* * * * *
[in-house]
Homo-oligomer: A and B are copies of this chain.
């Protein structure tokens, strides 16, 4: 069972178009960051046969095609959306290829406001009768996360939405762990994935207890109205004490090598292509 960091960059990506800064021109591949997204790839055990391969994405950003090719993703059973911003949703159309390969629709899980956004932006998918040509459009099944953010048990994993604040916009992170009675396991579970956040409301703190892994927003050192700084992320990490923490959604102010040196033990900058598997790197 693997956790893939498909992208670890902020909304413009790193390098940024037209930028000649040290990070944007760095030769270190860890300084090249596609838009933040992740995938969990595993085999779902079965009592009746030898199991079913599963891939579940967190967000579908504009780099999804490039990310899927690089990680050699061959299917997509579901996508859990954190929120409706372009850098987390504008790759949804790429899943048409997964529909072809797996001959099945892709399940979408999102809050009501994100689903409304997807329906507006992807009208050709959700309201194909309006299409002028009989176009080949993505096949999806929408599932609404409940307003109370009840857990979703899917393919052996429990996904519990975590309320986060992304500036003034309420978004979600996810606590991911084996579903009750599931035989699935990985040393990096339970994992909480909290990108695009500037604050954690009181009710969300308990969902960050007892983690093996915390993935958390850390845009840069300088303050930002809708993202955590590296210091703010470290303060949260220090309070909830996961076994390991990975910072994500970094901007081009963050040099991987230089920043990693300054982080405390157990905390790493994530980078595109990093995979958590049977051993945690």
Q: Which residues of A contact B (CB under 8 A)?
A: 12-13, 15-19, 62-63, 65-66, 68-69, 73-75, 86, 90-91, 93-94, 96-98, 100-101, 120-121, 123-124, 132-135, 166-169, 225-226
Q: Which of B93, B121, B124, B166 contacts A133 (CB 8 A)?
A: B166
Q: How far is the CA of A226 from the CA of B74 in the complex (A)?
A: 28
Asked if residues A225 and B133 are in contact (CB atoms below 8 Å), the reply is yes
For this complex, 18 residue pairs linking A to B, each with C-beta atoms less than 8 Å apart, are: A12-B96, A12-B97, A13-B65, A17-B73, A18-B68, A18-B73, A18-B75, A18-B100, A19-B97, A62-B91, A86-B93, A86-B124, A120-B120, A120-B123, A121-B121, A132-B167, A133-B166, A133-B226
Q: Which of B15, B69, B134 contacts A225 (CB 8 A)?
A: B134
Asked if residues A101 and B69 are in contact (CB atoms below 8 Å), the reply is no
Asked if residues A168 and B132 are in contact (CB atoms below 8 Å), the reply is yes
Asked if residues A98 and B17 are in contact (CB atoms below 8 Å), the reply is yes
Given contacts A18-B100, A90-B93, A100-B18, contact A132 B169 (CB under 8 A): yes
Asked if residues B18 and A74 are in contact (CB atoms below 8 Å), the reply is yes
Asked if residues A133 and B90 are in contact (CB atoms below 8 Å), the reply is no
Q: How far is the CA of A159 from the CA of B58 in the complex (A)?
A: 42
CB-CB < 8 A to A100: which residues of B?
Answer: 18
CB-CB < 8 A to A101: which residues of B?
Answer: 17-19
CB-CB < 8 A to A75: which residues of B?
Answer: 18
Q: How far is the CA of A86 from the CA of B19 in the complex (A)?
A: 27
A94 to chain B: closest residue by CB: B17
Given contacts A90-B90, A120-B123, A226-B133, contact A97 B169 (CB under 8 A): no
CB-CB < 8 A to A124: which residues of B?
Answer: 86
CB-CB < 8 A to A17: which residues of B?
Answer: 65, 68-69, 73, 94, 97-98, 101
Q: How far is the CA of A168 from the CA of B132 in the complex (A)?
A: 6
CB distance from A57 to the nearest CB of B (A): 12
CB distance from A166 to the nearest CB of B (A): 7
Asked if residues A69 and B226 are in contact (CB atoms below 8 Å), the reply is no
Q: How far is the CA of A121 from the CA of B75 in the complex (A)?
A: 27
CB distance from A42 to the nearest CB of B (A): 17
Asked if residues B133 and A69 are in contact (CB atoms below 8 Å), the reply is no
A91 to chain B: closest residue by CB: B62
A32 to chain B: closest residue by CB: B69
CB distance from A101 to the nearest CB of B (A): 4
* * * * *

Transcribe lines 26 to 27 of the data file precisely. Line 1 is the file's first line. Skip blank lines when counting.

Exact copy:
CB-CB < 8 A to A75: which residues of B?
Answer: 18